ANOTHER KIND OF CONCRETE BY KOUSHIK BANERJEA
PAPERBACK PUBLISHED BY JACARANDA 27th February 2020
The Three R’s: routemasters, reading, rioting.
Intoning this mantra K, a bookish young boy, ducks the fare but not the issues in this darkly comic coming-of-age tale largely unfolding in a city and a era where everything culture, people,even the local architecture, appears to be in open revolt.
It’s 1977 and the Queen’s Silver Jubilee and, along with the pomp, it’s punk that’s in full swing. South of the river, the polyester-clad natives are in uproar. They don’t like the kids with colourful streaks in their hair, and they most certainly don’t like the ones with colour in their skin. K is one of those kids, marooned with his family in a sea of hostility. His parents, are both refugees, view that as a small price to pay for starting over after the mayhem of Indian Partition. When threats are made and bricks start to fly, long-buried demons of the past resurface. And as summer wears on, unresolved issues culminate in a grim local dance of law and disorder.
If England was dreaming, it’s wide awake now. Festooned with streamers and safety pins, while in its shadows something primal has begun to stir. London in its extremis. Just below the surface, and sometimes not even that far, Anither Kind of Concrete.
This book brought back my memories of when I used to stay with my Nan during the school holidays in London. My nan often took me to Lewisham shopping, where the heart of this story takes place.
I found Koushik Banerjea writing easy to follow and I believed in things happened, the author also managed to bring back my childhood memories of being on a bus in London in Lewisham.
My favourite character was a Indian young boy that was named as simply k, who was a well spoken English school boy. K liked to dodge his bus fair on the way home from school in Lewisham. He knew the Indian conductor’s name as Vic, that he thought was rather an odd name for an Indian bus driver, as his aunts and uncles were Kakas or Kakimas. While K is the last school boy on the bus a crazy riot the bus comes under fire with eggs thrown at the bus windows, but K isn’t afraid.
K’s uncle lives in his family home who I think it’s really a bit jealous of his nephew as he thinks K is annoying with his good English thinking K is too much of a perfectionist with his nouns and pronouns. It brought tears to my eyes as uncle has hit him, but K never told anyone, not even his little black girl friend Michelle, who K loved playing with her hair braids in the quietness of the school library.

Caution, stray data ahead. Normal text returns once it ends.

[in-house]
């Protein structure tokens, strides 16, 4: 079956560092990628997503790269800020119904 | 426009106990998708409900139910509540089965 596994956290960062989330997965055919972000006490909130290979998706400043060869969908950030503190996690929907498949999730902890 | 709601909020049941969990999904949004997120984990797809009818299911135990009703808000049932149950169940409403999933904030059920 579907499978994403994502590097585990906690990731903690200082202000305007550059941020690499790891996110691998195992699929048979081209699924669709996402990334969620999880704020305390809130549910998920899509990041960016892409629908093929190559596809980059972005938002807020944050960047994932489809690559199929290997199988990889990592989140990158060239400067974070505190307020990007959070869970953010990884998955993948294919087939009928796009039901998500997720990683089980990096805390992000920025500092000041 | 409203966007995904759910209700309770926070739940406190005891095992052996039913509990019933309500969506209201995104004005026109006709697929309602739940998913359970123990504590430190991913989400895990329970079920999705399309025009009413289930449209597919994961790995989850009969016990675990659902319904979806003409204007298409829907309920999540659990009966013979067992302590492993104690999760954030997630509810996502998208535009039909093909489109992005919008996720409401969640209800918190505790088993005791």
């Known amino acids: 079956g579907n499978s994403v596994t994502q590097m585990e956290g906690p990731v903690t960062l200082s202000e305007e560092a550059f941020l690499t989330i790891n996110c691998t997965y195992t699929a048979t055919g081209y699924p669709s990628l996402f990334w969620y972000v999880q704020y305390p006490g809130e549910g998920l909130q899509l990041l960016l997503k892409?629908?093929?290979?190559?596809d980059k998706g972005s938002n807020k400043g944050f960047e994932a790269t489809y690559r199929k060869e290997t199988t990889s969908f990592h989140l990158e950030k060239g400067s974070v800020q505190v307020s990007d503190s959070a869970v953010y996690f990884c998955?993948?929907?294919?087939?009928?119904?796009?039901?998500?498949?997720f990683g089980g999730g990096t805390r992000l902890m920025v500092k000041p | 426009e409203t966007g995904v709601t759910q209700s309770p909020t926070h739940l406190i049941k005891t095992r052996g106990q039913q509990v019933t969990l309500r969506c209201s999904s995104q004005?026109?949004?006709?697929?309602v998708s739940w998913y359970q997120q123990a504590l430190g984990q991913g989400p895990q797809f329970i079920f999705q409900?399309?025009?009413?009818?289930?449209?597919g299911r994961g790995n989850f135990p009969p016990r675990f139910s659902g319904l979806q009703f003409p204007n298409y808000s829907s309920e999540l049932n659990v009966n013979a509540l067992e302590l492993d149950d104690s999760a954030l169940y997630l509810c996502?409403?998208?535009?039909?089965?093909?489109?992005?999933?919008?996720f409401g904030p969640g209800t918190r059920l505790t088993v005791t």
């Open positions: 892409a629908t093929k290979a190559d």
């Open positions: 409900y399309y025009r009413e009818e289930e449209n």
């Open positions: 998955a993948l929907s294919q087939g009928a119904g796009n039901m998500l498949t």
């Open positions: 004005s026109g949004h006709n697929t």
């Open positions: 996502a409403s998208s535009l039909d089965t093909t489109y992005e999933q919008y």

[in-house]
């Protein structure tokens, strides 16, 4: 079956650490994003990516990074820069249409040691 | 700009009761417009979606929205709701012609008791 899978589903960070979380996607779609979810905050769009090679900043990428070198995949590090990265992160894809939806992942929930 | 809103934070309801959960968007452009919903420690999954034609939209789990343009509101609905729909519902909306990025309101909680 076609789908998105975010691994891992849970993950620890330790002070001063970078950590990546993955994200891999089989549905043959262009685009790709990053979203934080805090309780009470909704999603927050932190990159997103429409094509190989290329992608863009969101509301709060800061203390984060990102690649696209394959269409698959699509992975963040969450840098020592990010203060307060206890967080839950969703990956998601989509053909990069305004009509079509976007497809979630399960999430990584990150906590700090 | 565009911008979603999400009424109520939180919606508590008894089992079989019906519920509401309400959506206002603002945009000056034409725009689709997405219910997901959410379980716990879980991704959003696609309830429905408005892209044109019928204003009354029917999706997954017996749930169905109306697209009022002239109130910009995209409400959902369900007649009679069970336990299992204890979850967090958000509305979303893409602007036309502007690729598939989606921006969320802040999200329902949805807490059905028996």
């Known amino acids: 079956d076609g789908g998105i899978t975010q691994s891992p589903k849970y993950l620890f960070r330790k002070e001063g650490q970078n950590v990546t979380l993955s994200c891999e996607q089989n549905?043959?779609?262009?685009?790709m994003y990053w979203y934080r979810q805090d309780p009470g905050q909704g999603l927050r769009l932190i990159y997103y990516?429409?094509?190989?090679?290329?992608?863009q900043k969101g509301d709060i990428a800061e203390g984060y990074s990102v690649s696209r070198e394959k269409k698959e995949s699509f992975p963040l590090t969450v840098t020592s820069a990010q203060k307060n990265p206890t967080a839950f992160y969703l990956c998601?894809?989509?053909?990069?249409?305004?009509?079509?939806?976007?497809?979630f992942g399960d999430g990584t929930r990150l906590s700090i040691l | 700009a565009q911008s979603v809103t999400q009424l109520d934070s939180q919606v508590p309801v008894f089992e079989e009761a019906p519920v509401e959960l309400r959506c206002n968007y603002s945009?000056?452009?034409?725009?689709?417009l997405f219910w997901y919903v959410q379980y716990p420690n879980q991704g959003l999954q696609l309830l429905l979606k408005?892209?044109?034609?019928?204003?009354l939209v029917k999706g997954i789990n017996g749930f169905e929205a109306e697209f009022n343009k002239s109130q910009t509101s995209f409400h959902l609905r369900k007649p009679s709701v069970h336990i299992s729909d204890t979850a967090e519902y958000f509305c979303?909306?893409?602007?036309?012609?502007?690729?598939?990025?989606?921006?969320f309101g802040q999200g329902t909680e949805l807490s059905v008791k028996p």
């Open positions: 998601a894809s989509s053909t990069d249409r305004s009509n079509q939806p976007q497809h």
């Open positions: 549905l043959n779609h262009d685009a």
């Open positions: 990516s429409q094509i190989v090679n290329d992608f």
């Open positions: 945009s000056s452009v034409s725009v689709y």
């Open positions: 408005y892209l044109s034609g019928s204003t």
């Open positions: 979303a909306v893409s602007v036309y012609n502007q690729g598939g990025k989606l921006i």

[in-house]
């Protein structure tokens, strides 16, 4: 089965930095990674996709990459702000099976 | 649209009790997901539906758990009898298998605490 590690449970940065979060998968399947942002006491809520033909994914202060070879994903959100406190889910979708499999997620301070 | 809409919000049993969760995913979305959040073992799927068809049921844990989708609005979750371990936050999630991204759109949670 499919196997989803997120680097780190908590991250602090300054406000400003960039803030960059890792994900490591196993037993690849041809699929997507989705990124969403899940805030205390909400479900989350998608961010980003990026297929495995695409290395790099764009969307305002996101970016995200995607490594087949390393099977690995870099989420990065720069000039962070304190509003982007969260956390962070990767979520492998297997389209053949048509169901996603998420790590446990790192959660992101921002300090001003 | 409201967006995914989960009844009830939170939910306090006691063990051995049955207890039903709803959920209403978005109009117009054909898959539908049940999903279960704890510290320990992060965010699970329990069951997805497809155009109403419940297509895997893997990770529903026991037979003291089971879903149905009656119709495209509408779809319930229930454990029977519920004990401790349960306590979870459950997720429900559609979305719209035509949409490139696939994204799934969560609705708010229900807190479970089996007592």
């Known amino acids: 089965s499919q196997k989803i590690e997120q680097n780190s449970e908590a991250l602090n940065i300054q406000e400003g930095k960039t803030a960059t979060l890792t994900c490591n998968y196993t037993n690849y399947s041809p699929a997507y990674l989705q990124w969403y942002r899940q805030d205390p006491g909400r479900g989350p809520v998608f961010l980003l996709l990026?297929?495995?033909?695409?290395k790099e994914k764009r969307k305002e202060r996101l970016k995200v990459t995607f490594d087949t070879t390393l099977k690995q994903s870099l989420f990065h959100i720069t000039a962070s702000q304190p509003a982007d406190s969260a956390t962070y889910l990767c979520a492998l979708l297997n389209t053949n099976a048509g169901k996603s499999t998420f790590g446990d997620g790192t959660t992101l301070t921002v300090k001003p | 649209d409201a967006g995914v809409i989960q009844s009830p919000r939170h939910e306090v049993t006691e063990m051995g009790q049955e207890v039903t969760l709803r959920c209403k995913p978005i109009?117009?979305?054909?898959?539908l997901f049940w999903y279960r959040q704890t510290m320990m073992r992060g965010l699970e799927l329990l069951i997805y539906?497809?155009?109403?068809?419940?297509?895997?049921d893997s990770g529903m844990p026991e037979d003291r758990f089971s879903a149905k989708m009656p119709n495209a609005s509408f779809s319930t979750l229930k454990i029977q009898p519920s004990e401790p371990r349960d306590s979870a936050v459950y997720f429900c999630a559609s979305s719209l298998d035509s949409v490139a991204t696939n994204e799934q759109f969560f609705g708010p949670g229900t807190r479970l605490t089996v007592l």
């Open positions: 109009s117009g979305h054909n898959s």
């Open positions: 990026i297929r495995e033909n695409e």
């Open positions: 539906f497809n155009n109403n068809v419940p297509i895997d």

It just goes to show you can never judge a book by its cover as set within in this story the sentence often comes up another kind of concrete, and that’s why on the front cover is a picture of concrete. Another Kind of Concrete is a beautiful literary fiction tale that has blended coming-of-age, love, and in my own view jealously, and with the rage of rioting.
Koushik Banerjea was born in London, where he still lives. After graduating from Warwick University, where he studied Spanish and International Studies, he trained with the BBC as a journalist before going on to work as a feature writer for the cult journal, 2nd Generation magazine. From the late 1990s, for almost a decade, he deejayed as one half of ‘The Shirley Crabtree Experience’. In 2000, he survived the Hatfield train crash. At this time, he was employed as a youth worker specializing in issues of social inclusion while also studying for a Ph.D. He was awarded a doctorate in sociology from London South Bank University in 2009 and subsequently taught postcolonial theory at the London School of Economics.
His short fiction has been published in ‘The Good Journal’ and in ‘Shots in the Dark’, a Cultureword collection of crime stories. He has also been published in the 2018 Writers Resist Anthology (Running Wild Press), and in the online literary journal, ‘Minor Literatures’, as well as in ‘Verbal’ (London Books), to which he has been a regular contributor since 2016. Another Kind of Concrete is his debut novel.